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ARS Home » Plains Area » Clay Center, Nebraska » U.S. Meat Animal Research Center » Nutrition, Growth and Physiology » Research » Publications at this Location » Publication #372663

Research Project: Improve Nutrient Management and Efficiency of Beef Cattle and Swine

Location: Nutrition, Growth and Physiology

Title: Micronutrients, one-carbon metabolism, and epigenetics: Potential developmental and production outcomes

item Crouse, Matthew
item CATON, JOEL - North Dakota State University
item WARD, ALISON - North Dakota State University

Submitted to: Journal of Animal Science Supplement
Publication Type: Abstract Only
Publication Acceptance Date: 6/26/2020
Publication Date: 11/30/2020
Citation: Crouse, M.S., Caton, J., Ward, A.K. 2020. Micronutrients, one-carbon metabolism, and epigenetics: Potential developmental and production outcomes [abstract]. Journal of Animal Science. 98(Supplement 4):170.

Interpretive Summary:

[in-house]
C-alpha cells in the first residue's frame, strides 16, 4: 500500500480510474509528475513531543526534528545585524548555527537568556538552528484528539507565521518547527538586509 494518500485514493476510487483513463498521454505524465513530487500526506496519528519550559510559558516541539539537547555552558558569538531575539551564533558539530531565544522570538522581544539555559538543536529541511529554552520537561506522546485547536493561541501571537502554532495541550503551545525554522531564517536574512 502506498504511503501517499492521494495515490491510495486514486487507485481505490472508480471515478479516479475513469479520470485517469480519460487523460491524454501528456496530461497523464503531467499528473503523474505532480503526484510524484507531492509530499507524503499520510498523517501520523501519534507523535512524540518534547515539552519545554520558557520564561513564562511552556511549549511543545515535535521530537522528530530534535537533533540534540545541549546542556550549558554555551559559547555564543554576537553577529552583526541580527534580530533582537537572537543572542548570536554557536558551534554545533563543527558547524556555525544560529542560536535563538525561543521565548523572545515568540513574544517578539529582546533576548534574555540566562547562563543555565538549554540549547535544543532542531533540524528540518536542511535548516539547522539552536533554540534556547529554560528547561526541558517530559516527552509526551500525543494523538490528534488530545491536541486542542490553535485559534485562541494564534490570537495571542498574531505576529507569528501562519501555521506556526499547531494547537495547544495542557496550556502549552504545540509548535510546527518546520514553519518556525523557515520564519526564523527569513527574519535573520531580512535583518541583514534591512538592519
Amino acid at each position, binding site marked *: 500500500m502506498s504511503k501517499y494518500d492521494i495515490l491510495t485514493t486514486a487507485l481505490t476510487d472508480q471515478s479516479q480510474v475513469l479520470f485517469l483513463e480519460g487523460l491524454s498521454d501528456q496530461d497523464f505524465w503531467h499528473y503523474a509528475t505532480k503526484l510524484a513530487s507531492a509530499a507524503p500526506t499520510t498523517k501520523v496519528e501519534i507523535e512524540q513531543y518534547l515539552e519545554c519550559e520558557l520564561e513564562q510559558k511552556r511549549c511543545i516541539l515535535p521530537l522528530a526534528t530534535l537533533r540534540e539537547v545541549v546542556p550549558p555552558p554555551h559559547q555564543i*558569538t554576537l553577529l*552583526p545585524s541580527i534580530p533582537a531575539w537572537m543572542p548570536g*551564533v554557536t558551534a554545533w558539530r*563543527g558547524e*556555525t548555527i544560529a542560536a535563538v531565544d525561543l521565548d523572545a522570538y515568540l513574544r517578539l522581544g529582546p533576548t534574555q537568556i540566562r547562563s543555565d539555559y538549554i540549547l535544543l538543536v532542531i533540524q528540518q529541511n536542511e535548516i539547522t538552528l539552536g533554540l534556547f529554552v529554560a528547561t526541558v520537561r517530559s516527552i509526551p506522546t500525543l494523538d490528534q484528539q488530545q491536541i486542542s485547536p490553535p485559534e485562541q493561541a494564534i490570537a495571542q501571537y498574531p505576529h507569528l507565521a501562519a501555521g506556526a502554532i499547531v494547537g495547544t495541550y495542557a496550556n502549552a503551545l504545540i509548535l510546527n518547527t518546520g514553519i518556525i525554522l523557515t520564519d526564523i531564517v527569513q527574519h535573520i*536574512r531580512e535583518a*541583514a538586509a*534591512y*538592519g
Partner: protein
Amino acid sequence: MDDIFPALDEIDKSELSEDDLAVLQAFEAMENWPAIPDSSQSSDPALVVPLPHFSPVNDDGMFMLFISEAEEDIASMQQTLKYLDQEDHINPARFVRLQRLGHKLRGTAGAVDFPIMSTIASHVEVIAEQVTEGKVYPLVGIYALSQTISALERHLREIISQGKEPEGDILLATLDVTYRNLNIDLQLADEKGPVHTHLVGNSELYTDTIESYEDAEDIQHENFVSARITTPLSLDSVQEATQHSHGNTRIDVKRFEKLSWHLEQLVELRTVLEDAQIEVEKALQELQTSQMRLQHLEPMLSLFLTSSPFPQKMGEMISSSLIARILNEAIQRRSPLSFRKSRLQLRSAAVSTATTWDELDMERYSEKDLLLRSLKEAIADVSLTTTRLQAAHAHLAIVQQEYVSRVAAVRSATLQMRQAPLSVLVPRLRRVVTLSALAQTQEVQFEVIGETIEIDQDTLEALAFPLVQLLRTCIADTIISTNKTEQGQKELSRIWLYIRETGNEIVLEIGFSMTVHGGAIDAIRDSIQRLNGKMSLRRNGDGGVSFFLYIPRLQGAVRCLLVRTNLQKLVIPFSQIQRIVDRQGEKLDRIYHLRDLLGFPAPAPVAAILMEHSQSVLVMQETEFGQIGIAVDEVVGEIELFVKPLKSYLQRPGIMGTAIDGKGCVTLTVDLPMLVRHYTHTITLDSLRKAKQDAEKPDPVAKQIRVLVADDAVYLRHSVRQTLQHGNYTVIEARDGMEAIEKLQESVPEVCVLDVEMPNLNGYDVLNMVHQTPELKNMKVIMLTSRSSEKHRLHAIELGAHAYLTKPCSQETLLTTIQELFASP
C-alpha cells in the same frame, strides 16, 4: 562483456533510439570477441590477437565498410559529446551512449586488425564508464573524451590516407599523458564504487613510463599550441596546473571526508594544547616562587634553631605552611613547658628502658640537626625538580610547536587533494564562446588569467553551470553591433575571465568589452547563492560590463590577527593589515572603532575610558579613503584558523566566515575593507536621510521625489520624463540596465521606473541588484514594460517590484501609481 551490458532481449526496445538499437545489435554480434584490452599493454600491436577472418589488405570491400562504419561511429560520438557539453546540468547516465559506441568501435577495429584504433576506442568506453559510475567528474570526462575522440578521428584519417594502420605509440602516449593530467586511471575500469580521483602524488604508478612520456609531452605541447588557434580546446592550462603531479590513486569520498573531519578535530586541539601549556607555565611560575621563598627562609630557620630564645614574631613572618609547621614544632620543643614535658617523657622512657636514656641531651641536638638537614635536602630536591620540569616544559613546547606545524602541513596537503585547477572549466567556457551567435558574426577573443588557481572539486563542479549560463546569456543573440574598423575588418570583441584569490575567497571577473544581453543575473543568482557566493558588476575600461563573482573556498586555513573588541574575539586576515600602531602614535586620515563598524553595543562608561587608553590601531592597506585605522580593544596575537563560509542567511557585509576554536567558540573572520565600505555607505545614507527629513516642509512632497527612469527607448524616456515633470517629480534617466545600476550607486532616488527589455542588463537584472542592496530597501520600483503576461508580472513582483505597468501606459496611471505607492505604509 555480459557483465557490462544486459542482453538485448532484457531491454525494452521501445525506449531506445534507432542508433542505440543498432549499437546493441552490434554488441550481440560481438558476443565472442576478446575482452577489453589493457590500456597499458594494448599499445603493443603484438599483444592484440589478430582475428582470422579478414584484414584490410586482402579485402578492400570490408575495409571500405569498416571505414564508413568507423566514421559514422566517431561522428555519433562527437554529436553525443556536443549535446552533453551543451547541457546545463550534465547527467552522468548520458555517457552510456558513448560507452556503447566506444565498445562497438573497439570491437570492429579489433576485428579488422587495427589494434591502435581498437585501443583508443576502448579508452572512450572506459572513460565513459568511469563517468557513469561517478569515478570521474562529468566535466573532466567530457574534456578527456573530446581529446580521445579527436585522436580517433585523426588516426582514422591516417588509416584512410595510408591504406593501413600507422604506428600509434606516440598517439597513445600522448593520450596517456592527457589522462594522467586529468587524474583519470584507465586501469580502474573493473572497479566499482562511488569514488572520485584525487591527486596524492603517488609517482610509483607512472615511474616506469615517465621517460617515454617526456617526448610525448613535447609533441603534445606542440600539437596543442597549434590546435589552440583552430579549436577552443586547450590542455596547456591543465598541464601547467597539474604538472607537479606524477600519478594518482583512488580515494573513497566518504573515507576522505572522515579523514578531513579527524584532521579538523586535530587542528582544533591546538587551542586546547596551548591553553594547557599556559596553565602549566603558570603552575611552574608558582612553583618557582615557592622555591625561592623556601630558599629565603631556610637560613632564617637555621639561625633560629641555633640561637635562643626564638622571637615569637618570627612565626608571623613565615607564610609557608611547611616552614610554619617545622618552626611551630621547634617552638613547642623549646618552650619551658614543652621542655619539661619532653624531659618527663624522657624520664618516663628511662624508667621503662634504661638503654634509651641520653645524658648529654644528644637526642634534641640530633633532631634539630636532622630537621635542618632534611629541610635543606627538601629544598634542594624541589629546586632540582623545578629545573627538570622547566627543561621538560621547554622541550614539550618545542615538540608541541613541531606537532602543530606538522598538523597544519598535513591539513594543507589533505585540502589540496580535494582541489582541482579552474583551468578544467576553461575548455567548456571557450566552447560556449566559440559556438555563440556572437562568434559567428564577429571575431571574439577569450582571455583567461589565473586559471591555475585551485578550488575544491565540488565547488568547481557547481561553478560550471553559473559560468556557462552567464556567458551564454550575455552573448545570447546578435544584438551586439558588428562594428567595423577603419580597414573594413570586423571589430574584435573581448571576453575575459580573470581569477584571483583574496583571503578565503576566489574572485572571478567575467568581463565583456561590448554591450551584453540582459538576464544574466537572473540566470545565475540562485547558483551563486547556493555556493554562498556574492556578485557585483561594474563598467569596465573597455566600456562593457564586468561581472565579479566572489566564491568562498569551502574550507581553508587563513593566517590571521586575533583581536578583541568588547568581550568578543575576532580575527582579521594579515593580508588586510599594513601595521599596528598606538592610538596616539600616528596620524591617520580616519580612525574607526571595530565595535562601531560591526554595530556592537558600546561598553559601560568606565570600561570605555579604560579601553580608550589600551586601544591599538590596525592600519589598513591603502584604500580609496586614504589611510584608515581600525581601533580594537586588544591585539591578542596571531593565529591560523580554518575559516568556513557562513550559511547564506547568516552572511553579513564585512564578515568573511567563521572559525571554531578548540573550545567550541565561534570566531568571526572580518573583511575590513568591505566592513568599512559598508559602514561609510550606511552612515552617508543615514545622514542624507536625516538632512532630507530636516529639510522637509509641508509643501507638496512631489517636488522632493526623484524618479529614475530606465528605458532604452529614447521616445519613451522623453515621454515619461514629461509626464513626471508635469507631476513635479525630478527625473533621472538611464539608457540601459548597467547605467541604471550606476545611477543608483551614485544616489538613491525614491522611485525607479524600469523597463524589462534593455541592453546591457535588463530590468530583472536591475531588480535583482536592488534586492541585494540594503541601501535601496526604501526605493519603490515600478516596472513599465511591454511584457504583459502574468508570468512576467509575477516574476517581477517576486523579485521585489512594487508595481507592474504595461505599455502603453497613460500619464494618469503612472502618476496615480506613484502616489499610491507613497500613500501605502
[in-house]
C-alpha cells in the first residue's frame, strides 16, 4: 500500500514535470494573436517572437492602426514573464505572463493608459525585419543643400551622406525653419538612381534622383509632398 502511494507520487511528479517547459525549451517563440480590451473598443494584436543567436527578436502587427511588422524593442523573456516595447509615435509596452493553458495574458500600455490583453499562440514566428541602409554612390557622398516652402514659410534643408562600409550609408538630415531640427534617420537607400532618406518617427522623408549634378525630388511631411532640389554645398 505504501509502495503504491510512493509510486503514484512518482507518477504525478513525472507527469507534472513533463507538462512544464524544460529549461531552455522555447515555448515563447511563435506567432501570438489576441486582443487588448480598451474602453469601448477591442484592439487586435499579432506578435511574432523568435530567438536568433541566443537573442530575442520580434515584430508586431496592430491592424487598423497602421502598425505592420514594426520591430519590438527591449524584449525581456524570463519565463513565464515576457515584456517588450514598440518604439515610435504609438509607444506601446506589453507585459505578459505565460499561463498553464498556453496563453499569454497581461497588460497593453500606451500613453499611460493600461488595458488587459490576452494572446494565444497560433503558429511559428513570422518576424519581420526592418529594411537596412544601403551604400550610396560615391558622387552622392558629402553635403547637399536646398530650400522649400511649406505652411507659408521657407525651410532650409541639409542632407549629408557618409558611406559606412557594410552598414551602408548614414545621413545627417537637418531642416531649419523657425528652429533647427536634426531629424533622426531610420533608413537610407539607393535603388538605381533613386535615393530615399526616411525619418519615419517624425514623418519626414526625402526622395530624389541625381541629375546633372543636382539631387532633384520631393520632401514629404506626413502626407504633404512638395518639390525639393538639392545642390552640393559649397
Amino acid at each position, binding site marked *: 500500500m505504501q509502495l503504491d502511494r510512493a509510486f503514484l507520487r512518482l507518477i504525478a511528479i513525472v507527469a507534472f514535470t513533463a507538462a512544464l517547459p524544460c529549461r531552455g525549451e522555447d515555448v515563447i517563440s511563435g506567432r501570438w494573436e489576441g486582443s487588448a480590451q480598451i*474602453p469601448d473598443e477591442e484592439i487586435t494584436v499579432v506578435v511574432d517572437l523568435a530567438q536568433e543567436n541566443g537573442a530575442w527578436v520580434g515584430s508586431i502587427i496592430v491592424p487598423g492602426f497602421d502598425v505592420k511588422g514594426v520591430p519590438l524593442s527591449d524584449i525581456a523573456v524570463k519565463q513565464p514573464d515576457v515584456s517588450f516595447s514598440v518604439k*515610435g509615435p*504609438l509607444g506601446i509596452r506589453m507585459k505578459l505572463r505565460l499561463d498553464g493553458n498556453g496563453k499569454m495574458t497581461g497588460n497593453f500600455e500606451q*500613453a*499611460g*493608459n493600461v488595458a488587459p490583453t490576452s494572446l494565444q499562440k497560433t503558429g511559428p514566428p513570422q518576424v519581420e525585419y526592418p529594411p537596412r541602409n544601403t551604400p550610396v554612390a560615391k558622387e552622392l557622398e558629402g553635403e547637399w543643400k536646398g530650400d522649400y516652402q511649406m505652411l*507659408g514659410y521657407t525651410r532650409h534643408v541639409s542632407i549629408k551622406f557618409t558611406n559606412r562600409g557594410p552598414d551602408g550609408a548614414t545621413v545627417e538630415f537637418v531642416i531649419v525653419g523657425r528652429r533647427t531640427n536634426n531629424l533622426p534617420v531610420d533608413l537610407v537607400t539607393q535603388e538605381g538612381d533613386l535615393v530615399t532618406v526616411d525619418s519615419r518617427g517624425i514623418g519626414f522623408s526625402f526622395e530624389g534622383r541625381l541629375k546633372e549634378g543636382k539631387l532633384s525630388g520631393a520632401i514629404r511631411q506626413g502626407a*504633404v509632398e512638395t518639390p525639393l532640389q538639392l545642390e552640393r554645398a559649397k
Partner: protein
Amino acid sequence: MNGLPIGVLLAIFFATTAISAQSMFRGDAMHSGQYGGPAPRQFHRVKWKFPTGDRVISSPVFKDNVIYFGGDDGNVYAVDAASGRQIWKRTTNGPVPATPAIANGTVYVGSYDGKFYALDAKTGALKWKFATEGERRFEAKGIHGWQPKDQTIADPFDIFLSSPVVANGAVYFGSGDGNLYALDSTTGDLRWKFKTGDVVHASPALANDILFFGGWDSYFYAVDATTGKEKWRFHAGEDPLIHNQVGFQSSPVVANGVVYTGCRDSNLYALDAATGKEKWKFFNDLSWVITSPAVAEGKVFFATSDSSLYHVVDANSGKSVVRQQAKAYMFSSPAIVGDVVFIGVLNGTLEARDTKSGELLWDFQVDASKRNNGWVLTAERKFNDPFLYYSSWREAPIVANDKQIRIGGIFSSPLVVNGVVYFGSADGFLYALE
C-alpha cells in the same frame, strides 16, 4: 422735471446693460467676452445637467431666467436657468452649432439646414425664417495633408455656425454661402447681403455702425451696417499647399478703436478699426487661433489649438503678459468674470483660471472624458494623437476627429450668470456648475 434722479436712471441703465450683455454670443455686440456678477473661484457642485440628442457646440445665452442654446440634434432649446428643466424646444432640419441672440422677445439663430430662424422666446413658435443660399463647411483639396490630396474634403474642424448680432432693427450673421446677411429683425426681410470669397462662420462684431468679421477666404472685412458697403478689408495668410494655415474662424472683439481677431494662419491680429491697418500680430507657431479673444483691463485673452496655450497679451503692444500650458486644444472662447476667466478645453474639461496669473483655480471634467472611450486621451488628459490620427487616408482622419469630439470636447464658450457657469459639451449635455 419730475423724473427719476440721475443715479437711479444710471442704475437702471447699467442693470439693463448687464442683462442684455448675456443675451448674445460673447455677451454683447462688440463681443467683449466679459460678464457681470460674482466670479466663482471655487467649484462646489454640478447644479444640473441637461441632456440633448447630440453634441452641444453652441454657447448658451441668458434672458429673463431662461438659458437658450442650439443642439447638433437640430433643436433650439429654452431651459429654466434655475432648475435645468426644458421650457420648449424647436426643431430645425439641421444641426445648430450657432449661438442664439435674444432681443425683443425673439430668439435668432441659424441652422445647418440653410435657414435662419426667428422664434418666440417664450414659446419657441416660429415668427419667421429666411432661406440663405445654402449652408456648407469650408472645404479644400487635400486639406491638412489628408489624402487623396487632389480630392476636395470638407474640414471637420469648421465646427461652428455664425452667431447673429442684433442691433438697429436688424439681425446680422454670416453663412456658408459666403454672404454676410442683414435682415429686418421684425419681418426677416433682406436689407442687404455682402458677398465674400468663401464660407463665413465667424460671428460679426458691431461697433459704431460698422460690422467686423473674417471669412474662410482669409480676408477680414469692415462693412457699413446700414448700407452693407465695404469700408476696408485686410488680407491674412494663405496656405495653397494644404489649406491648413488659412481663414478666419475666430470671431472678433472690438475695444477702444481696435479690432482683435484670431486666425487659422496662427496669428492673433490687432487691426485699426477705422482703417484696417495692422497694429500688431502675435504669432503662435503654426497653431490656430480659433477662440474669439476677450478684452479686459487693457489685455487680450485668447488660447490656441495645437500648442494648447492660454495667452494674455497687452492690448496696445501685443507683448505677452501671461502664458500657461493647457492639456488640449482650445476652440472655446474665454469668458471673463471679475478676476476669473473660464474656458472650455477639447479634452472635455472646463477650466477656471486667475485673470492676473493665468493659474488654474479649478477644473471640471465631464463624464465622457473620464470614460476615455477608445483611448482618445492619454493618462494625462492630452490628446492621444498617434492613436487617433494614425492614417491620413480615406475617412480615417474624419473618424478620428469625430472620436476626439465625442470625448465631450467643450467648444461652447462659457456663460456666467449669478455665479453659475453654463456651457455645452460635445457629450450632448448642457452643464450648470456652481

Technical Abstract: One-carbon metabolism is the network of biochemical pathways in which methyl groups are transferred from one compound to another for methylation processes. Expansion of the core pathway connects one-carbon metabolism to polyamine synthesis, nucleotide synthesis, redox metabolism, and the citric acid cycle. One-carbon metabolites (OCM) are methyl donors and cofactors which play key roles in the one-carbon metabolism pathway and include B-vitamins (choline, vitamin B12, vitamin B6, riboflavin, and folate), minerals (cobalt and sulfur) and amino acids (methionine, serine, and glycine). One-carbon metabolites are fundamental methyl donors for epigenetic modifications. Immediately post-fertilization, the embryonic genome undergoes epigenetic remodeling, and is the time when cell division is greatest (cell divisions/total cell number). At this time OCM supplementation may have its greatest impact on programming of offspring development, growth and postnatal performance, due to established metabolic roles in epigenetics (methyl transfer), growth (polyamine and nucleotide synthesis), and energetics. Limited data are available, however, which directly investigates the developmental effects of OCM supplementation in ruminants. In dairy cows, OCM supplementation in late gestation increased calf birth weight, nutrient sensing pathway activation, and offspring performance through the pre-weaning period. Methyl deficient diets during the pre-conception period in ewes altered the offspring hepatic methylome at 90 days of gestation, as well as the body composition and insulin tolerance of ram lambs at 22-mo of age. Bovine embryonic fibroblasts cultured in vitro with increasing OCM had greater growth rates and mitochondrial respiration parameters. Additional research into the area of one-carbon metabolism and the roles that OCM supplementation may play on postnatal function will provide new knowledge that could lead to altered management practices and increased efficiency of beef cattle.